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art and learning; had a readiness of conception, was of great observation, and a piercing judgment, both in things and persons.-Clarendon and Rushworth.

How uncertain is the state

Of that greatness we adore !

When ambitiously we soar,
And have taken the glorious height,

'Tis but ruin gilded, o'er,

To enslave us to our fate;
Whose false delight is easier got than kept,
CONTENT ne'er on its gaudy pillow slept. *
Then how fondly do we try,
With such superstitious care,

To build fabrics in the air;
Or seek safety in the sky,

Where no stars but meteors are :

To portend a ruin nigh:
And, having reached the object of our aim,

We find it but a pyramid of flame.', * 15. 1791.-WILLIAM BAKER DIED. If to have had his funeral sermon preached, and his life written, by an eminent divine of the church of England, can give a person a claim to a place in our brief chronological biography, then may William Baker justly claim a place; for this was done for him, though a poor peasant, by WILLIAM GILPIN.

*17. 1653.-OLIVER CROMWELL. His picture was affixed to a pillar in the Royal Exchange on this day. This singular incident, though it occurred nearly four years previous to the actual offer of the crown to Cromwell by the Parliament, yet may be thought to evince his desire, even at that early period, to assume the kingly dignity, as his connivance at it is not improbable.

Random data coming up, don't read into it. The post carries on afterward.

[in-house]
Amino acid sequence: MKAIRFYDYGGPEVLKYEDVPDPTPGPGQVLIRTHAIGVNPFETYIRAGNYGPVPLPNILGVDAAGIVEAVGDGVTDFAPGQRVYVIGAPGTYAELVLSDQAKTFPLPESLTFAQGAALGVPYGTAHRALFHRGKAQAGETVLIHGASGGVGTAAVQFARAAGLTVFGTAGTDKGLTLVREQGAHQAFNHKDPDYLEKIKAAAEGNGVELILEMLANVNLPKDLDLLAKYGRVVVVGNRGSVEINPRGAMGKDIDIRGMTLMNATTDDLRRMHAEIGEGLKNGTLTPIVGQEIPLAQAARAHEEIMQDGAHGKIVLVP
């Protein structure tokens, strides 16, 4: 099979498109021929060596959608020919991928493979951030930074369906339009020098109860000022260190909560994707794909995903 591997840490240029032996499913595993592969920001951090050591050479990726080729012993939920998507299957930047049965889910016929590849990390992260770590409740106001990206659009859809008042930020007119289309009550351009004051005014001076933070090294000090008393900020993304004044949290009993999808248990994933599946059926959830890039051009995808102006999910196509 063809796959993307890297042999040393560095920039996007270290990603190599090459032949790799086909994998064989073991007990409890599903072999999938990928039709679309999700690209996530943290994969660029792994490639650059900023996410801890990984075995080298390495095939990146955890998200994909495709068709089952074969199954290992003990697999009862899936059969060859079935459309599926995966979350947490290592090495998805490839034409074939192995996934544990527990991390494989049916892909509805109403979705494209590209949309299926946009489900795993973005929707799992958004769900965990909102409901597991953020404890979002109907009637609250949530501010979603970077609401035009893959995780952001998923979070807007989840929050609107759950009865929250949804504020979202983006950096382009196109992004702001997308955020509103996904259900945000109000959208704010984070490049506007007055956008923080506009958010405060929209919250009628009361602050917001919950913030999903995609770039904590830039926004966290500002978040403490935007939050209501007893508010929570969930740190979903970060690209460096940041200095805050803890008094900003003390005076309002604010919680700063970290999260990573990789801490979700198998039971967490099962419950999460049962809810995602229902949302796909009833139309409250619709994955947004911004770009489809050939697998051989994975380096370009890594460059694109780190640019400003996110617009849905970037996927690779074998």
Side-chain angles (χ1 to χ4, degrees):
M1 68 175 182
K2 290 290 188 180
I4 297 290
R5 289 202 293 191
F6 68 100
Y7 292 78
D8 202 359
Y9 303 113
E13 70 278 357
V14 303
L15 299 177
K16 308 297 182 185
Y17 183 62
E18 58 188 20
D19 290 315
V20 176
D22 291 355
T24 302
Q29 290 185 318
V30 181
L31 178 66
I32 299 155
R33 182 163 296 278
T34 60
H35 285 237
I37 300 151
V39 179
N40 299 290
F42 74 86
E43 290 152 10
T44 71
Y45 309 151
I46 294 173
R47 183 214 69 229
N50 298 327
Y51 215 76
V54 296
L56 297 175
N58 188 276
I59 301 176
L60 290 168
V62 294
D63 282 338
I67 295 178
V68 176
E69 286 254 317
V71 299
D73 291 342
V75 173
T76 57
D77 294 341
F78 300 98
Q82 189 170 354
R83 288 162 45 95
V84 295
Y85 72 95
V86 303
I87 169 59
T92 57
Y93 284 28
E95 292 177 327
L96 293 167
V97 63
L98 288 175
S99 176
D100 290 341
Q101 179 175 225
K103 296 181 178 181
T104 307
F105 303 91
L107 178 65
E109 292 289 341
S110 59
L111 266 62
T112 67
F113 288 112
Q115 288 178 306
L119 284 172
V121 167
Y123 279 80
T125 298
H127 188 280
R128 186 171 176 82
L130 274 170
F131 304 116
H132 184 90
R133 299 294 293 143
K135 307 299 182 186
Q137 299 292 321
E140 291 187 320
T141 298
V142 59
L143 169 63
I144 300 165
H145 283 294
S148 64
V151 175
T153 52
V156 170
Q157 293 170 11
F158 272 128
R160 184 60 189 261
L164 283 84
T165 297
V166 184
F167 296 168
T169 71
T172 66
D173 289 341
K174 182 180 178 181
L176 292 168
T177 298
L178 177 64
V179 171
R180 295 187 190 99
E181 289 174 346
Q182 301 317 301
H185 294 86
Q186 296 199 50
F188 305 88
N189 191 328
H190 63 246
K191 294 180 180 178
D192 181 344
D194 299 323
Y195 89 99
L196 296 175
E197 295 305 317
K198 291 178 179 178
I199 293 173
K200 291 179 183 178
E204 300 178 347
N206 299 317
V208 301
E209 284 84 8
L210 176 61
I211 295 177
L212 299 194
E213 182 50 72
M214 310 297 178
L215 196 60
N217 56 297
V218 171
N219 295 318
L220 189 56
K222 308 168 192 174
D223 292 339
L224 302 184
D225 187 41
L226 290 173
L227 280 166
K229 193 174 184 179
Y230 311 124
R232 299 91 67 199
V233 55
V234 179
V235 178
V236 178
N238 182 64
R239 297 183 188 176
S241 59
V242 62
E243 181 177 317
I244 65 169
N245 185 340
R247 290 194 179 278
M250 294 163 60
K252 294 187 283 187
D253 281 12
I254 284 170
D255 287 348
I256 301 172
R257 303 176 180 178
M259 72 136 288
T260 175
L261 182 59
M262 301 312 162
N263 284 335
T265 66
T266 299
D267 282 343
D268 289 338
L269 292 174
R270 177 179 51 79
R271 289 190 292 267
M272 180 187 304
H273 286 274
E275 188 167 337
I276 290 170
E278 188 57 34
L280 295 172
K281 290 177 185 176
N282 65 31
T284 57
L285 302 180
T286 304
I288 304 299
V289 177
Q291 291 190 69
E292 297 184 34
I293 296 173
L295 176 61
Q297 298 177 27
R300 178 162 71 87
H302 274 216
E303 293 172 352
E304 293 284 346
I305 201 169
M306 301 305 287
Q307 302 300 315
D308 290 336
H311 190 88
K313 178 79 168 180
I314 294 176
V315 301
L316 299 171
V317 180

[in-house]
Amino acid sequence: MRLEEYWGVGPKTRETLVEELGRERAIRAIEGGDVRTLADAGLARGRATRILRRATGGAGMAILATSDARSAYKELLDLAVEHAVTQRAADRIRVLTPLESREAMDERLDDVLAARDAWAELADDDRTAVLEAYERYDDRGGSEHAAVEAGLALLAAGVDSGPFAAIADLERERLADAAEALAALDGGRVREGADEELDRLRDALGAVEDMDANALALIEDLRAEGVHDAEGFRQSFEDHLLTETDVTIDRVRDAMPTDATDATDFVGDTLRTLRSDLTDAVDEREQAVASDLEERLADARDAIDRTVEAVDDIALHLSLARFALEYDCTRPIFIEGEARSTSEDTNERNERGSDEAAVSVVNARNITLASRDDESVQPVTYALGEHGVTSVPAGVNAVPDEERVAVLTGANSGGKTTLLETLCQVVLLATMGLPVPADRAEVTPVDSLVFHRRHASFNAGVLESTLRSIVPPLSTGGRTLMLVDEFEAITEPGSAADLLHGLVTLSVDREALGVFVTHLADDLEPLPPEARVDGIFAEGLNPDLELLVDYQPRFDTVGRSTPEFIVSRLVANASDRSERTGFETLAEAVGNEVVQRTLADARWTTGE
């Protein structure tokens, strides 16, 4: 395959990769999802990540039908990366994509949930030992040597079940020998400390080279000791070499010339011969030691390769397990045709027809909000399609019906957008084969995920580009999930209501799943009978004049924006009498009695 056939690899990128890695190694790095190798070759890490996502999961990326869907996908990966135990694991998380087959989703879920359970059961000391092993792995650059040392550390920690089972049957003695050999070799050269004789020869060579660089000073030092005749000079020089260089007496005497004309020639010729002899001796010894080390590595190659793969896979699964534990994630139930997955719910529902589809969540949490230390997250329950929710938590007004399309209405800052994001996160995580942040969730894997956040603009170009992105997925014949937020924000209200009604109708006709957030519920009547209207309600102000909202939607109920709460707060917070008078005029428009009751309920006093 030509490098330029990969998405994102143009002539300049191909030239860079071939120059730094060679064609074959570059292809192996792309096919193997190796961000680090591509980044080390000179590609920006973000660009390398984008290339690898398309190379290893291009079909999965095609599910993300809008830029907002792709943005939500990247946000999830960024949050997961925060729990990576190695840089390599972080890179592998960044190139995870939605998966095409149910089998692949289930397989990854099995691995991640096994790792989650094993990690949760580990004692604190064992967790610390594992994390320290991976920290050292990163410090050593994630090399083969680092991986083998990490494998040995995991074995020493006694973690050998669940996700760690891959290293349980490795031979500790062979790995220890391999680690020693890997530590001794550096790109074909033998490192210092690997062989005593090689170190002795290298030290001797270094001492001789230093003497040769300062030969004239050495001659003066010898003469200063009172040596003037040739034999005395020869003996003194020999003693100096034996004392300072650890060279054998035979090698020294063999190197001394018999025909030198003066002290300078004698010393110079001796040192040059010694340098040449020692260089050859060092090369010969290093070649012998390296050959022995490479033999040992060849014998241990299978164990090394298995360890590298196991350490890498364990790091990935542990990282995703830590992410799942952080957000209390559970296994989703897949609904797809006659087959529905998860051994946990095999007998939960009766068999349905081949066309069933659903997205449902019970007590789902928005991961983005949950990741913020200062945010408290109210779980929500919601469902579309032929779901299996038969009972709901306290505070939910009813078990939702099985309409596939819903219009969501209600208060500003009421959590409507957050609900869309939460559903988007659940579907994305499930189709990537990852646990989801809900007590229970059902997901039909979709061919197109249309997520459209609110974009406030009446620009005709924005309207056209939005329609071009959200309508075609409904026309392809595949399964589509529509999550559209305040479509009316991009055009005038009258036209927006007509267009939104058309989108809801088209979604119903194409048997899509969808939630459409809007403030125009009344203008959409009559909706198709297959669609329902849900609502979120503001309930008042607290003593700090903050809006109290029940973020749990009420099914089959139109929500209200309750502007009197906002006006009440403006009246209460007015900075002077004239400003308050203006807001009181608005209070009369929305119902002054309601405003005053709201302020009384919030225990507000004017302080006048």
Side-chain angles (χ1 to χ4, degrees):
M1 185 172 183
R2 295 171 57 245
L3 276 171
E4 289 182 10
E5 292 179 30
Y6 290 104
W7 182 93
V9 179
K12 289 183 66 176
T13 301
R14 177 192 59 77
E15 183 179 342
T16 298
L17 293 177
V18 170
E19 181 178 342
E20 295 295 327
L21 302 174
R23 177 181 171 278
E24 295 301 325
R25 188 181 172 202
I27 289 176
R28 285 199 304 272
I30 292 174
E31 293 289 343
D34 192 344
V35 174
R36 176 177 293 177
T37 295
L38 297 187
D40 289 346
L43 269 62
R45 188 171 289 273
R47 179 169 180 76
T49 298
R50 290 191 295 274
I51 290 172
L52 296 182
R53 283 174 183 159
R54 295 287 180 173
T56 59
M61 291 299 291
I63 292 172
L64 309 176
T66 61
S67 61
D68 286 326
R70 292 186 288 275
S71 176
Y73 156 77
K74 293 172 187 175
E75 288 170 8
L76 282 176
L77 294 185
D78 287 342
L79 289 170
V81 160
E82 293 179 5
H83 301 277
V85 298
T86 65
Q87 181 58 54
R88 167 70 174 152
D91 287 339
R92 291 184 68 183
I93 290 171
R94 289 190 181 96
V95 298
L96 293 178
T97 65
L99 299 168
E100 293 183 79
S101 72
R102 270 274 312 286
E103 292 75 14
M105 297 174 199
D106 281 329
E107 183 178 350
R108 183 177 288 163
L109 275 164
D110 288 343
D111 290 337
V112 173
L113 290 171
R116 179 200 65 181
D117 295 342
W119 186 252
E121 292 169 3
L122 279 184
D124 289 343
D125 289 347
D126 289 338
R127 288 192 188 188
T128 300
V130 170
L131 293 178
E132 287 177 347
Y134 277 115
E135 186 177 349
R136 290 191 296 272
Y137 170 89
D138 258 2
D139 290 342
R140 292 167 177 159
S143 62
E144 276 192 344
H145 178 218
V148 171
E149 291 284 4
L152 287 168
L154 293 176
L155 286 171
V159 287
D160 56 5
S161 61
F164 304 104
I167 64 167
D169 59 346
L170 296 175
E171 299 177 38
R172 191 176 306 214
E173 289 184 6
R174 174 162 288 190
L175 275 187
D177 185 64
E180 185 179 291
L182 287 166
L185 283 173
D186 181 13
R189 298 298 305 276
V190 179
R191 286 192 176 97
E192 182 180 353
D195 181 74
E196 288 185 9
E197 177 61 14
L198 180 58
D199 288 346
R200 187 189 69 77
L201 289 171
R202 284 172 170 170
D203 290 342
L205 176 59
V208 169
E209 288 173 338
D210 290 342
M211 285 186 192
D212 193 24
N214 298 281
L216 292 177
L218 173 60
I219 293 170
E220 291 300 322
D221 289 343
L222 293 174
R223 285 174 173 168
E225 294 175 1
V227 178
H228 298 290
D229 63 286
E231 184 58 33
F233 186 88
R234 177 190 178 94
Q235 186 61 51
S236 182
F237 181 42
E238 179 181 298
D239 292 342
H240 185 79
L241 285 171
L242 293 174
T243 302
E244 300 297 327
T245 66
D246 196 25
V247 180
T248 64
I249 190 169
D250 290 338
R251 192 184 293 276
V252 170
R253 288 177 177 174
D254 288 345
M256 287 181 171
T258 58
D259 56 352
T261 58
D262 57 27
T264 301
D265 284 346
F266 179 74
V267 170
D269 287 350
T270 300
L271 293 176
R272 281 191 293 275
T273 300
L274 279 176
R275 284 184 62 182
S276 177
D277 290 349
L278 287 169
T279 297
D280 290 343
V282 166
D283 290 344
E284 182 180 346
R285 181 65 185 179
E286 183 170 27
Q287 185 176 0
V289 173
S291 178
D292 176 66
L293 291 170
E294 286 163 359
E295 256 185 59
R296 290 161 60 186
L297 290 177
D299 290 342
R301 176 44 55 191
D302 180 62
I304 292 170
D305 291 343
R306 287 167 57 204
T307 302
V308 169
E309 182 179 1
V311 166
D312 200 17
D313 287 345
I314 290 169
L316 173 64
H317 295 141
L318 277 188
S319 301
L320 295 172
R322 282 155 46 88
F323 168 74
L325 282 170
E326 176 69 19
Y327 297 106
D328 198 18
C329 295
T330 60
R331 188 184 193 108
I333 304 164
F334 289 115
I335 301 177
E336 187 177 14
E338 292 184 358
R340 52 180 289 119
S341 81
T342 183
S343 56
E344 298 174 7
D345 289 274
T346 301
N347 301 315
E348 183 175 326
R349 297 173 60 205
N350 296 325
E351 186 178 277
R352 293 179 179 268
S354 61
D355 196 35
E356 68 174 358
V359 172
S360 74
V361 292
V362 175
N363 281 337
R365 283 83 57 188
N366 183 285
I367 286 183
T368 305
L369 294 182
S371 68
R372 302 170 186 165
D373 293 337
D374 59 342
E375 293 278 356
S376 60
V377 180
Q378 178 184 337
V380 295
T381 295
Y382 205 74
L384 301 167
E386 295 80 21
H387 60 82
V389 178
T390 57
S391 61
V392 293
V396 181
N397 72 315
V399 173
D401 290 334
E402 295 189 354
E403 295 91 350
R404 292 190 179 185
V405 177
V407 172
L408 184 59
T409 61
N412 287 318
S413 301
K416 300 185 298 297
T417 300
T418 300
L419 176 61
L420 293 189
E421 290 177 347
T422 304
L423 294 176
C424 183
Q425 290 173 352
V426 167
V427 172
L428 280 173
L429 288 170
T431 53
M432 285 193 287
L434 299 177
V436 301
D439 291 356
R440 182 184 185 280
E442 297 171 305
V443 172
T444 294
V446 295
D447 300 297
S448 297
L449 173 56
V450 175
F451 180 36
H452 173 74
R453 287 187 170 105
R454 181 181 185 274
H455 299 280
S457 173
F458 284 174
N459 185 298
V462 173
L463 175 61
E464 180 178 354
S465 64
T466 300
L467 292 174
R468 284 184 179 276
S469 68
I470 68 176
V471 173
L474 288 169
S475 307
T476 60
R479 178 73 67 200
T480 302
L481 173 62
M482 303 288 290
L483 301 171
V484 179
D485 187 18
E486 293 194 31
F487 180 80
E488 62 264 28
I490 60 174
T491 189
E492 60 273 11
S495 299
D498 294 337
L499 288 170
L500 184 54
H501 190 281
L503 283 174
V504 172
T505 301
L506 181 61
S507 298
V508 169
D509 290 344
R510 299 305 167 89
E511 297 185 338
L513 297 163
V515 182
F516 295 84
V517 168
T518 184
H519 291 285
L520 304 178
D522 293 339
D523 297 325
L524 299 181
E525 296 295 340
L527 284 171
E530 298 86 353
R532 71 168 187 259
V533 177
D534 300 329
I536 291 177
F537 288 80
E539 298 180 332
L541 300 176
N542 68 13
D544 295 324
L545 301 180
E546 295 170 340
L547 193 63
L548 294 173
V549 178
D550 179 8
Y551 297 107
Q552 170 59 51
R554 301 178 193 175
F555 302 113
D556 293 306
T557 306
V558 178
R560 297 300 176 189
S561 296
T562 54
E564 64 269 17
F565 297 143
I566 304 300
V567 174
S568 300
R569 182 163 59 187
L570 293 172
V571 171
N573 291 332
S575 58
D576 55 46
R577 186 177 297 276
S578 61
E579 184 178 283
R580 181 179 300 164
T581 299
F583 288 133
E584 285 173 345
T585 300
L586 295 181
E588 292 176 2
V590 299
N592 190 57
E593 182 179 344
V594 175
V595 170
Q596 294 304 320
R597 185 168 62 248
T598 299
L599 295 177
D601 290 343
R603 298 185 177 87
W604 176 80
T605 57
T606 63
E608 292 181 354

It is thus quoted ? in Peck's · Collection of Curi

These lines were occasioned by the impeachment of the Earl of Strafford, and are from the Rump, a collection of Songs and Poems on the times, from 1639 to 1661. See also Campbell's Poets, vol. iii, p. 407.

2 From Dr. Nalson's MS. Collections,

ous. Historical Pieces,' printed in 1740. “On Tuesday last (the 17th May, 1653), about the Exchange time, a gentleman well accoutred comes thither in a coach, and brings with him the LORD GENERAL'S PICTURE, which he fixed upon one of the pillars thereof. Which done, he walks two or three turns there, takes his coach, and returns. After the Ex-, change time was over, it was pulled down and brought to the Lord Mayor of this citie, who, that afternoon, carried it to Whitehall to the LORD GENERAL himself,'' Over the picture was written,